Τετάρτη, 29 Αυγούστου 2012

Decision of Düsseldorf Higher Regional Court safeguards Bundeskartellamt's leniency programme


Bonn, 27 August 2012: In the proceedings against several coffee roasters, the Higher Regional Court in Düsseldorf decided on 22 August 2012 that the denial of third-party access to the leniency applications of cartel participants was also valid in court proceedings. Leniency applicants can now rely on their applications being kept confidential, not only by the Bundeskartellamt but also in court proceedings.
 
Andreas Mundt: "In numerous cases, it is only with the help of leniency applicants that the Bundeskartellamt is able to detect and prosecute hard-core cartels. The court's decision protects the attractiveness of the Bundeskartellamt's leniency programme which is of fundamental importance for effective cartel prosecution."

On the basis of several leniency applications, the Bundeskartellamt had detected a cartel agreement between coffee roasters in 2009 and imposed fines on the cartel members of approx. € 160 million (cf. press release of 21 December 2009). Because two of the coffee roasters appealed the decisions imposing the fines, the Bundeskartellamt referred the proceedings to the Düsseldorf Higher Regional Court. Subsequently, several retailers who were customers of the cartel members requested access to the files, including the leniency applications. The Higher Regional Court has now decided that the leniency applicants' trust in the confidential treatment of their applications and documents submitted by them prevails over the information interest of the parties requesting access to the files. In the court's view, this legitimate interest of customers who have suffered damages from a cartel can generally be adequately satisfied by the disclosure of the Bundeskartellamt's orders imposing the fines.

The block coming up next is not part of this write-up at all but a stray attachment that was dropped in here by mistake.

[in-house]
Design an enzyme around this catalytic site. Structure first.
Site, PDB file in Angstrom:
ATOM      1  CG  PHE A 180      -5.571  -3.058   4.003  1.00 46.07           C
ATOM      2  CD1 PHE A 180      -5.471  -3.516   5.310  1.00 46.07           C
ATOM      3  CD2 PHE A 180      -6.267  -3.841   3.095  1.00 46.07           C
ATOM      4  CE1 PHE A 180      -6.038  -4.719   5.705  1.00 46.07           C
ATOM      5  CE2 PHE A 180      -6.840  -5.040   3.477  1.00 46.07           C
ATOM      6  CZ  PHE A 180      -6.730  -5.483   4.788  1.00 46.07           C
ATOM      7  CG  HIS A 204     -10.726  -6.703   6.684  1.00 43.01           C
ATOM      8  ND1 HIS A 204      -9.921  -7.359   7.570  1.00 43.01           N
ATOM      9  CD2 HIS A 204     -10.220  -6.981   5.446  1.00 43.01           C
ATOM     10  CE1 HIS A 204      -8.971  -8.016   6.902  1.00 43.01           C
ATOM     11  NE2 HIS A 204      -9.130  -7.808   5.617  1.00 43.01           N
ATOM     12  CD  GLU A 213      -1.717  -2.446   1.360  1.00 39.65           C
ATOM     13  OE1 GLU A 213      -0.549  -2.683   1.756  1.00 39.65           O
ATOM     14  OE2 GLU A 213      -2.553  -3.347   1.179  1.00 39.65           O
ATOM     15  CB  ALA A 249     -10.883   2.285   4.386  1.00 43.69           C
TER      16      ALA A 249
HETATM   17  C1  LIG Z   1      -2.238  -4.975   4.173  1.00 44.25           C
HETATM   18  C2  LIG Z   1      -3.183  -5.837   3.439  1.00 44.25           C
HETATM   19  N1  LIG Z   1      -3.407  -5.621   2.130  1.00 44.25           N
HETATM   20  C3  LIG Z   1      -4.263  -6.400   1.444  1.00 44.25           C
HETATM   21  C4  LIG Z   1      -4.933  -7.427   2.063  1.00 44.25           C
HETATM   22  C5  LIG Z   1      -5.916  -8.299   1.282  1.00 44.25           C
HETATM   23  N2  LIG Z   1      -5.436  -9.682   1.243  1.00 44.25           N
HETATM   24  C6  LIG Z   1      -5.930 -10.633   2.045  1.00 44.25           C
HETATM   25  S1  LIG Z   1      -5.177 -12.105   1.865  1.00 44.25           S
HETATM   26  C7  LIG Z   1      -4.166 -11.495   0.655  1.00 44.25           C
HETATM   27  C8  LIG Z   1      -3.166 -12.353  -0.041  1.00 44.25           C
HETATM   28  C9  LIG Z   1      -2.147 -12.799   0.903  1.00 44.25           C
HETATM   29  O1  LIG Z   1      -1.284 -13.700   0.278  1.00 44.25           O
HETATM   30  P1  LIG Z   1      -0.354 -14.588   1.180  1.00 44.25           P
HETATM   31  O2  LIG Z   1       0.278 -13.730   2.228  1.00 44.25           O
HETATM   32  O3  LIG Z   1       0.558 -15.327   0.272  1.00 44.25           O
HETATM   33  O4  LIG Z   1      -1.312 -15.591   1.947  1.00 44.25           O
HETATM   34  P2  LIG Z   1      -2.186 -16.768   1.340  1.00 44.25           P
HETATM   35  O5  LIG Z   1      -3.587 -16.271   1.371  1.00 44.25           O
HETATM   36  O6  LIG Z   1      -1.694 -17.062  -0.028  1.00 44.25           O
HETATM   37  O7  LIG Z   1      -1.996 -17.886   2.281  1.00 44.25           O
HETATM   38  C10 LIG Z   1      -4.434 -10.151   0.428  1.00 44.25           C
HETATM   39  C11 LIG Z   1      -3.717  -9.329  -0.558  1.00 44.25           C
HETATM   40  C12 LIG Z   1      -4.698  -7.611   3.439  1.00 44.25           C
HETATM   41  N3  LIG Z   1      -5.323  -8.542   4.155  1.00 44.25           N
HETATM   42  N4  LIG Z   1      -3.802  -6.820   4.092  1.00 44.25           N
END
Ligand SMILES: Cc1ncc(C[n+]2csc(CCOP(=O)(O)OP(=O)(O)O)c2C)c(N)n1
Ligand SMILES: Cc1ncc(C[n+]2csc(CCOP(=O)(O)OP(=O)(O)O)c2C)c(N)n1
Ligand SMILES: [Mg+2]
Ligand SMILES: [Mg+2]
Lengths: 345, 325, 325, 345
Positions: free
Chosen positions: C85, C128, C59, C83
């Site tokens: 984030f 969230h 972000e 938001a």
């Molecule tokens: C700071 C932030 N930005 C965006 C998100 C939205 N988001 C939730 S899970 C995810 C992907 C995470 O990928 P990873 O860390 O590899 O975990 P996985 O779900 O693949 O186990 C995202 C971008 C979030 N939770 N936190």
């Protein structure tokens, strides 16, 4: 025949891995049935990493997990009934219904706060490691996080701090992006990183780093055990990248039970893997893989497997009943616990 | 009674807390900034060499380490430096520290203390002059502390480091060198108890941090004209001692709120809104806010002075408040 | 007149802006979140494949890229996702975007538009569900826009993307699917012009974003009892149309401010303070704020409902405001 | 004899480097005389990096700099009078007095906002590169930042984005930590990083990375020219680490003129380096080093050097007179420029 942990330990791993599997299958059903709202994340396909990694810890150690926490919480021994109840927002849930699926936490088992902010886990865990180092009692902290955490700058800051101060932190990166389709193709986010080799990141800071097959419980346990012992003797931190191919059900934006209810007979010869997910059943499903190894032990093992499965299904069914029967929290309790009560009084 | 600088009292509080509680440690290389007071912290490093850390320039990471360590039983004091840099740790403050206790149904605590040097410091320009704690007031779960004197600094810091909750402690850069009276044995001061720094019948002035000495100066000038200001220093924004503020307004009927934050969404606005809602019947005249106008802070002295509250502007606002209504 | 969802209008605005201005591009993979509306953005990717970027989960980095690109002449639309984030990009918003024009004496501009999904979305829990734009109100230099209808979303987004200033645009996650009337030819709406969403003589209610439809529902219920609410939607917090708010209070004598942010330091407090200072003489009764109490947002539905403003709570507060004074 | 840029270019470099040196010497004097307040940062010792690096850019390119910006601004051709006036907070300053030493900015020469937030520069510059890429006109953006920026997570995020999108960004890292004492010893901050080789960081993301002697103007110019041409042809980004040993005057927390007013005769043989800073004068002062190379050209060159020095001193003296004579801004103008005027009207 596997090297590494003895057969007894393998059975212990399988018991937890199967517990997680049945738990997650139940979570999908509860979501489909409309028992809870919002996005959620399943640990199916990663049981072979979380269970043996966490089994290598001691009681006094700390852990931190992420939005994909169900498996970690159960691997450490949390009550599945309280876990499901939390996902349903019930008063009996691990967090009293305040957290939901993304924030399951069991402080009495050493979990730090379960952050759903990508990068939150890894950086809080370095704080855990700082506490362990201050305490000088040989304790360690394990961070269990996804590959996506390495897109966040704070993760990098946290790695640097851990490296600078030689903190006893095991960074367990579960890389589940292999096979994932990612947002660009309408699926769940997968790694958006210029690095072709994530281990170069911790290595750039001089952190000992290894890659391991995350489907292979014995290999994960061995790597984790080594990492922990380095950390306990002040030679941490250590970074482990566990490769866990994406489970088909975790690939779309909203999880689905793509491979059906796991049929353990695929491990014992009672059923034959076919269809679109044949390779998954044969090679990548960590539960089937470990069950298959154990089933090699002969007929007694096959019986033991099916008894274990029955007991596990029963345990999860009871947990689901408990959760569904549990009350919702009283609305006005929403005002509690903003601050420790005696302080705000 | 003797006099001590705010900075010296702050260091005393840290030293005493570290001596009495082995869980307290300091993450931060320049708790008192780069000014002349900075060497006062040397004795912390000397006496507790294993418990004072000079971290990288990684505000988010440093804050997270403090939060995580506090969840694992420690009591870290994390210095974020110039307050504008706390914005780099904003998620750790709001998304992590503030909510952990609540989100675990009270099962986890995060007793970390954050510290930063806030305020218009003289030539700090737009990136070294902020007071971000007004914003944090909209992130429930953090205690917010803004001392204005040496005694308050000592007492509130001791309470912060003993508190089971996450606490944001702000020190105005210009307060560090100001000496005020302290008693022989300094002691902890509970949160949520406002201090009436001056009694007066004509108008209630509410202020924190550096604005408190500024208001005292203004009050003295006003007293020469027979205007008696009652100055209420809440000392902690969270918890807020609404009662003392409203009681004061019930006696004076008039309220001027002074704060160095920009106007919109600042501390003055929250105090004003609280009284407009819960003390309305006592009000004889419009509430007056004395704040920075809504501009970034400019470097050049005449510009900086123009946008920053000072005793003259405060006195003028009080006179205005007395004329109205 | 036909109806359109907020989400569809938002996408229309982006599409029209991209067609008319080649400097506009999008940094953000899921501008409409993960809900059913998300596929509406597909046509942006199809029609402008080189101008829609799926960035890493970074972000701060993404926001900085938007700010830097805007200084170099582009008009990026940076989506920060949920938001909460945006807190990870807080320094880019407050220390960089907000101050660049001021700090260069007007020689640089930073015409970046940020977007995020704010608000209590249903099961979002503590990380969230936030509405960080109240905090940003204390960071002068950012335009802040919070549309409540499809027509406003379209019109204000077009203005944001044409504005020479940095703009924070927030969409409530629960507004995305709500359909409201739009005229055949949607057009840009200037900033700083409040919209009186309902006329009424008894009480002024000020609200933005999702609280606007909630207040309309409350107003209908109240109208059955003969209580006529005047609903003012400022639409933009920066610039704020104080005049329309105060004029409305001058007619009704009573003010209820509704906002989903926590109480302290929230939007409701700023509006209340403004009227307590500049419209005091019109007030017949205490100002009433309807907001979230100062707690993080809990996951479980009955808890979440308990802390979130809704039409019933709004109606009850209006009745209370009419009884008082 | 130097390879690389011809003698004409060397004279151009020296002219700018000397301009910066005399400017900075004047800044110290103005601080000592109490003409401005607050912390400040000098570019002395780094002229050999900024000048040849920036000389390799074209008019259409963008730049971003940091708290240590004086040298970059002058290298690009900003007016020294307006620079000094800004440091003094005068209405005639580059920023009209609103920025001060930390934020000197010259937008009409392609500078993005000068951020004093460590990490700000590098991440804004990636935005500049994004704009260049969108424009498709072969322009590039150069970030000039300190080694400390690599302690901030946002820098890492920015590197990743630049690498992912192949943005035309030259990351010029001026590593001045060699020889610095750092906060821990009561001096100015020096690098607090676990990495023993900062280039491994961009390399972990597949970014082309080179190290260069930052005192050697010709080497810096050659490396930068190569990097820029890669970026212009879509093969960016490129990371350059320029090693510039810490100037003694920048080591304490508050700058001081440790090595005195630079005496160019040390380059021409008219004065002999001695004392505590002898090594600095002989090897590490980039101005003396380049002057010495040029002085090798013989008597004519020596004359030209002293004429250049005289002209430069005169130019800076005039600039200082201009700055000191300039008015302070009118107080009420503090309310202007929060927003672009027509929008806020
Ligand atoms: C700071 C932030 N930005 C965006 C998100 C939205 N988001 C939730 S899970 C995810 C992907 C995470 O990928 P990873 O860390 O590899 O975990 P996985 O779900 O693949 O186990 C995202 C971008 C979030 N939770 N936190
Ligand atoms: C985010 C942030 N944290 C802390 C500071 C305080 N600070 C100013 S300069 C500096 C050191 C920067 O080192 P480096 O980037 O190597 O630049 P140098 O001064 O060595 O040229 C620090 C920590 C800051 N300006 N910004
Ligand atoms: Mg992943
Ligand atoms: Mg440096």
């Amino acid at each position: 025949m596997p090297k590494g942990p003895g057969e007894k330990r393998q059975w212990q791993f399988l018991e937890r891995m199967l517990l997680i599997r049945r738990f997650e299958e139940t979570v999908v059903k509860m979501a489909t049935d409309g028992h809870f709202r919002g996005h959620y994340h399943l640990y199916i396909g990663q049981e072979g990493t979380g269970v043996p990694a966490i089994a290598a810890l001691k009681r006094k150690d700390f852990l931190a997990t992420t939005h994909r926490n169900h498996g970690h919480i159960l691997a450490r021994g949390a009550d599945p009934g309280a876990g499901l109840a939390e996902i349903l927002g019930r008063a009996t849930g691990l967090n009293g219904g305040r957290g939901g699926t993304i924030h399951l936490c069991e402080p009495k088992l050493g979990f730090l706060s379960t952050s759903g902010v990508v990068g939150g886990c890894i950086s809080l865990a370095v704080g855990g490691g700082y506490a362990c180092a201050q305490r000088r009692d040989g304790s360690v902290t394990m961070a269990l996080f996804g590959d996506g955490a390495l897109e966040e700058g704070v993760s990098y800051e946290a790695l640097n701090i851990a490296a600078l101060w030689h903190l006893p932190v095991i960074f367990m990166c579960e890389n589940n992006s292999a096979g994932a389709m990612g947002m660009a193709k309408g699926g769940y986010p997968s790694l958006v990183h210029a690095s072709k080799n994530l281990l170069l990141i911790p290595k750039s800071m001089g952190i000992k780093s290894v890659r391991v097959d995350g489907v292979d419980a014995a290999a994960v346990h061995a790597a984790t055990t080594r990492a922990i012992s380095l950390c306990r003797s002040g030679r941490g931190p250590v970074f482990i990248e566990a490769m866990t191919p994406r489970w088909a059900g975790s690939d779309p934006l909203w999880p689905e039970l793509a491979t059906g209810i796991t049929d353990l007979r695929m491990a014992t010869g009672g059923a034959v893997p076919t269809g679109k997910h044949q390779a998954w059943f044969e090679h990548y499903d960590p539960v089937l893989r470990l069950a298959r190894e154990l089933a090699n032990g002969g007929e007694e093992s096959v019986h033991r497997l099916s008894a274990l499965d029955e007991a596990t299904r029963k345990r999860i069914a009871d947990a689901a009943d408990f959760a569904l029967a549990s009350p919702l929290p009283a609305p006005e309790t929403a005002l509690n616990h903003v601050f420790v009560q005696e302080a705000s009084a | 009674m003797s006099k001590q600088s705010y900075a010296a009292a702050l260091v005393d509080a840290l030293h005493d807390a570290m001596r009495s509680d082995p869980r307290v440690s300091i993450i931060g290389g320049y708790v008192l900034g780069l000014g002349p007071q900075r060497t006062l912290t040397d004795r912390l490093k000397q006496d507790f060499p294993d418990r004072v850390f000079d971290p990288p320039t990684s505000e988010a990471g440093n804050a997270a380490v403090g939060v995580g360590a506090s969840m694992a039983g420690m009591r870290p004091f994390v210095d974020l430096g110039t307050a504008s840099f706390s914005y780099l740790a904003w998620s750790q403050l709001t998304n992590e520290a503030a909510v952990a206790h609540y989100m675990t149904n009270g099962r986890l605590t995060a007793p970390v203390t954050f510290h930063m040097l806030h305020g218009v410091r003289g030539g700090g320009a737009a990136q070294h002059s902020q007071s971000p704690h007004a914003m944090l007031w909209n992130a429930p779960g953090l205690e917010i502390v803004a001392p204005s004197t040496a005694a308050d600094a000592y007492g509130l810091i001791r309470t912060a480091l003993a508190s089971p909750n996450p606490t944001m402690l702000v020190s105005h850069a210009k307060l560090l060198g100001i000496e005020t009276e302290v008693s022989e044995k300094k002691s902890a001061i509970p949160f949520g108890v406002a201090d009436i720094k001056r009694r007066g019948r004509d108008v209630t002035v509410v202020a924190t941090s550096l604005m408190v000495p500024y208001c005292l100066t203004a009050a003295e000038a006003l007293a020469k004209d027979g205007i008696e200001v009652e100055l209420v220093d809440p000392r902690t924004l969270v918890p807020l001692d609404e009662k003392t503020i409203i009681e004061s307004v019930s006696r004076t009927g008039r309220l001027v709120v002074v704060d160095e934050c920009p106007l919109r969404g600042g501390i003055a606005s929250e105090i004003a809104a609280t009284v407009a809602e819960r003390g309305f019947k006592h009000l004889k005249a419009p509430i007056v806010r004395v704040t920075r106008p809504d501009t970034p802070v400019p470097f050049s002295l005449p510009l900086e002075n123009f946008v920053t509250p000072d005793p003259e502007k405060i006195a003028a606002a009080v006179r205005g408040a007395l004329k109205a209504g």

Background:
Already the possibility of granting access to leniency applications could deter cartel members from cooperating with the Bundeskartellamt. For the same reason the European Court of Justice decided in the Pfleiderer case that in the question of whether to grant access to the files, the relevance of a well-functioning leniency programme in ensuring the effectiveness of cartel prosecution had to be taken into account (cf. press release of 30 January 2012). Germany has a well functioning legal system for civil damages claims. Over time, its effectiveness has been further enhanced by legislative measures and landmark court decisions. Of key significance is the fact that the finding of a competition law infringement by the competent authorities is binding on the judge in the follow-on damages actions. Private claims for damages suffered from competition law violations are an important supplement to public antitrust enforcement. To be able to claim damages, however, the victims of cartel agreements often depend on the competition authorities to uncover the cartel. If the effectiveness of the leniency programme were reduced by granting access to the applications, a significantly lower number of cartels would be detected. This would hamper not only the punishment of the infringers, but also the compensation of the victims.

Source:Bundeskartellamt